Debord encouraged the use of détournement, "which involves using spectacular images and language to disrupt the flow of the spectacle."
When Debord says that, "All that was once directly lived has become mere representation," he is referring to central importance of the image in contemporary society. Images, Debord says, have supplanted genuine human interaction.
Thus, Debord’s fourth thesis is "The spectacle is not a collection of images; rather, it is a social relationship between people that is mediated by images."
In a consumer society, social life is not about living but about having; the spectacle uses the image to convey what people need and must have. Consequently, social life moves further, leaving a state of "having" and proceeding into a state of "appearing;" namely the appearance of the image.
"In a world which really is topsy-turvy, the true is a moment of the false."
Sunday, February 14, 2010
Saturday, February 13, 2010
The Antikythera mechanism is an ancient mechanical calculator (also described as the first known mechanical computer) designed to calculate astronomical positions. It was recovered in 1900–01 from the Antikythera wreck, but its complexity and significance were not understood until decades later. It is now thought to have been built about 150–100 BC. Technological artifacts of similar complexity did not reappear until the 14th century, when mechanical astronomical clocks appeared in Europe.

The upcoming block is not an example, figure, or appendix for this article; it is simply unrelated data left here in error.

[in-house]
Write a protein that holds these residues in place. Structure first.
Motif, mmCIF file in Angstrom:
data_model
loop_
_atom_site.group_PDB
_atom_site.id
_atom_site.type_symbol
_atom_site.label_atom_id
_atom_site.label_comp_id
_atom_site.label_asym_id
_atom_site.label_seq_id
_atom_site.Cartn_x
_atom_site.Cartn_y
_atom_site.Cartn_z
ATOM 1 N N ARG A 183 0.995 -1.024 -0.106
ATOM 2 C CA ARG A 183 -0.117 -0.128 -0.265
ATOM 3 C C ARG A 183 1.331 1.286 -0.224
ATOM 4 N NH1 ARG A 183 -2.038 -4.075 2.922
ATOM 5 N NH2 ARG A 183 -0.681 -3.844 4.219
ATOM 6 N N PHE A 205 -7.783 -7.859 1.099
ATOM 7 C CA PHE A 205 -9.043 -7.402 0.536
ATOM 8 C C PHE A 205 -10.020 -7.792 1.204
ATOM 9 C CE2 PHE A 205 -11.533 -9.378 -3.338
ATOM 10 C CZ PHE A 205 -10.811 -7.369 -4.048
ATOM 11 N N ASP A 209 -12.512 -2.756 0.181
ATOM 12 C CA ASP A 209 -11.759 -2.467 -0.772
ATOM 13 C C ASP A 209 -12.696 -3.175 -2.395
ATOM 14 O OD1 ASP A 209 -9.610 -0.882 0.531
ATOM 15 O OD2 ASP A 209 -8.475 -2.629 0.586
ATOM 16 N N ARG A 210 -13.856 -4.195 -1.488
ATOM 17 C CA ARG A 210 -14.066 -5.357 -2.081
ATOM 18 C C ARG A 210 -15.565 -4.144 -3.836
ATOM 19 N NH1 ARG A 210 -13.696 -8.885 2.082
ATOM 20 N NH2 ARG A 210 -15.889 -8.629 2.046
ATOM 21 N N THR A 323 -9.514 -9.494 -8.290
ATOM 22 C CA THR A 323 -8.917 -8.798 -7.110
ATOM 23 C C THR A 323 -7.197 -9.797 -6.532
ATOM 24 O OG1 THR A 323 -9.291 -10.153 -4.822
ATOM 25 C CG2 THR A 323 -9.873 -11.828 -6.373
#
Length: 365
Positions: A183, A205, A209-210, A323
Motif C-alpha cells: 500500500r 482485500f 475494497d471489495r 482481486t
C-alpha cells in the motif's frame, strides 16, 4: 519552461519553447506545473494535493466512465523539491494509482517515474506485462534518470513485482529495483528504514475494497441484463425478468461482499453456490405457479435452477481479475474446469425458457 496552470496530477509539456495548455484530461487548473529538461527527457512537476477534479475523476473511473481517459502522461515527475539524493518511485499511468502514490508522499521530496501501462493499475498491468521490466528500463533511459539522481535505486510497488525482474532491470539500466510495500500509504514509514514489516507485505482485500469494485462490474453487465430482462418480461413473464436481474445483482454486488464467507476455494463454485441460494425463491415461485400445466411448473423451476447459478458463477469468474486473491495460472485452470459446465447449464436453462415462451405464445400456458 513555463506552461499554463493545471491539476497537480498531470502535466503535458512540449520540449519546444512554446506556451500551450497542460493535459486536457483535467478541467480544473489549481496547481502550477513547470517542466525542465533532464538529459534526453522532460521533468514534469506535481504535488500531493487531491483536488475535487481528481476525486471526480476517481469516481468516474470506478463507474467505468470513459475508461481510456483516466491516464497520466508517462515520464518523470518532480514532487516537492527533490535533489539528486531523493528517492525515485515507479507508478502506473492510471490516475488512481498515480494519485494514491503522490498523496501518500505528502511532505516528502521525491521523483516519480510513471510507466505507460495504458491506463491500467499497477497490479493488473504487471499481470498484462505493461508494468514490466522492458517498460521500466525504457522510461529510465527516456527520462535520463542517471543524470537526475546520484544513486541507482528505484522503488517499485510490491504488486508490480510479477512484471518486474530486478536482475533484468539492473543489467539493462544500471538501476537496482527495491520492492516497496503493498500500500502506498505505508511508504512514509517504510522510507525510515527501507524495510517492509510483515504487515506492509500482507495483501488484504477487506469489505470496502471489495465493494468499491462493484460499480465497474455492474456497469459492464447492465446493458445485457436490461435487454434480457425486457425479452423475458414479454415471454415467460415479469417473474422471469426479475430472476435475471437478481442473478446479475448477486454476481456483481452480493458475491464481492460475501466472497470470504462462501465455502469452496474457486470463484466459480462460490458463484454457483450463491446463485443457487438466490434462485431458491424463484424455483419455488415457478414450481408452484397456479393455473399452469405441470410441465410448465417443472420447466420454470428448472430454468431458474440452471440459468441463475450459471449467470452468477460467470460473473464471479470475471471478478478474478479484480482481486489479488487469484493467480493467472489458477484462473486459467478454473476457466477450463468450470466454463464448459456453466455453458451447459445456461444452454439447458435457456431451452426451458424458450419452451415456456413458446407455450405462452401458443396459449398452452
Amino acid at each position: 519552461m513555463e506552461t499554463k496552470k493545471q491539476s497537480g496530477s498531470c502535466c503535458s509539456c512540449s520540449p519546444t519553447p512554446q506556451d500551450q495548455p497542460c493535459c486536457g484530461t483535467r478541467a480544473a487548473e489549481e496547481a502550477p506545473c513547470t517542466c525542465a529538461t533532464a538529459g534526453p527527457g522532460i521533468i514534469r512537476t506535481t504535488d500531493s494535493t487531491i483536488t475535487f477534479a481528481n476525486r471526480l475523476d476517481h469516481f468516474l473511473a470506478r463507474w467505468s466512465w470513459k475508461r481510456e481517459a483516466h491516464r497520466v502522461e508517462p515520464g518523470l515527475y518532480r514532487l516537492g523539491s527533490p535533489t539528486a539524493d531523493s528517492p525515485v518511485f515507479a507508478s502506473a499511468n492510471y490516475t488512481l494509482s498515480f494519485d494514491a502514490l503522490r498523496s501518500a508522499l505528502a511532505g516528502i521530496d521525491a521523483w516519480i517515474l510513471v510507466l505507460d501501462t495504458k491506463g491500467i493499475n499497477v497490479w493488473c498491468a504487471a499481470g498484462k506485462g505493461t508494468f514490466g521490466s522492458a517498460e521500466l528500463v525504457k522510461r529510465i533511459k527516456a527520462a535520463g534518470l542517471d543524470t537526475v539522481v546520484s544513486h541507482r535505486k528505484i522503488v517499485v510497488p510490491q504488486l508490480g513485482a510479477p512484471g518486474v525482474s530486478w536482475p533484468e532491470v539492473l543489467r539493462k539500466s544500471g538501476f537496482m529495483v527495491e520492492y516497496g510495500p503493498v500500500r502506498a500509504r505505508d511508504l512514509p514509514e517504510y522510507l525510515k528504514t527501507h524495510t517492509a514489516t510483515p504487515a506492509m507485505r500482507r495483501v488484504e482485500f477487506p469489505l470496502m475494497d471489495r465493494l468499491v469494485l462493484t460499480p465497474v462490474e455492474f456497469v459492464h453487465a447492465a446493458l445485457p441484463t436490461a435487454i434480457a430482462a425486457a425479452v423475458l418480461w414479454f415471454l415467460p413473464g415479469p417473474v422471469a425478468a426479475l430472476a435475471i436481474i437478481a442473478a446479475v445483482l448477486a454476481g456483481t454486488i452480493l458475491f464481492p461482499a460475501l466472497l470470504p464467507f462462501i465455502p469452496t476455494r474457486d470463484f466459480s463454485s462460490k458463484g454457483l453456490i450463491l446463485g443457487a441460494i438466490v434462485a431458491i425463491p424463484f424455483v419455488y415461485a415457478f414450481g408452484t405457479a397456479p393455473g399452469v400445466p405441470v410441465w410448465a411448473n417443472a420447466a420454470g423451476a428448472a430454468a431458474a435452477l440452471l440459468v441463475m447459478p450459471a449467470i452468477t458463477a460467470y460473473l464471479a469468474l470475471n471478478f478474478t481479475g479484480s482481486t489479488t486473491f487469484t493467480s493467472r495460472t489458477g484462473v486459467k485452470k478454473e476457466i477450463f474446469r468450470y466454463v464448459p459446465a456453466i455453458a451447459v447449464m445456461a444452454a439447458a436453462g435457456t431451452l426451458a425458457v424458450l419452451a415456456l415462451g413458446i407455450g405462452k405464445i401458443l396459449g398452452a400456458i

Professor Michael Edmunds of Cardiff University who led the most recent study of the mechanism said: "This device is just extraordinary, the only thing of its kind. The design is beautiful, the astronomy is exactly right. The way the mechanics are designed just makes your jaw drop. Whoever has done this has done it extremely carefully...in terms of historic and scarcity value, I have to regard this mechanism as being more valuable than the Mona Lisa." (read more)
Friday, February 12, 2010
It is interesting for me to learn how much the tree shrew can tell us about human nature. They were one of the first primates on the evolutionary branch leading to humans. Neuro-anatomical studies reveal that they were also the first primate to evolve a highly elaborate and differentiated visual system. Psychological tests show that this development gave rise to the ability to perform two tasks with equal skill: 1) focusing attention on interesting features (while filtering out irrelevant information) and 2) swiftly shifting attention to other interesting (or alarming) features in the environment.
We take these contributions for granted now, but both abilities were not equally present in mammals before the tree shrew. It is an adaptation that had survival value, allowing them to track prey without losing sight of their predators – a trick of nature that makes them equally suited to act as hunters, as well as survive being hunted as prey. We appreciate these contributions when something goes wrong, resulting in one form of attention deficit or another. I think we owe an enormous debt of gratitude to these little beings. They mark the beginning of neocortical evolution in man.
Thursday, February 11, 2010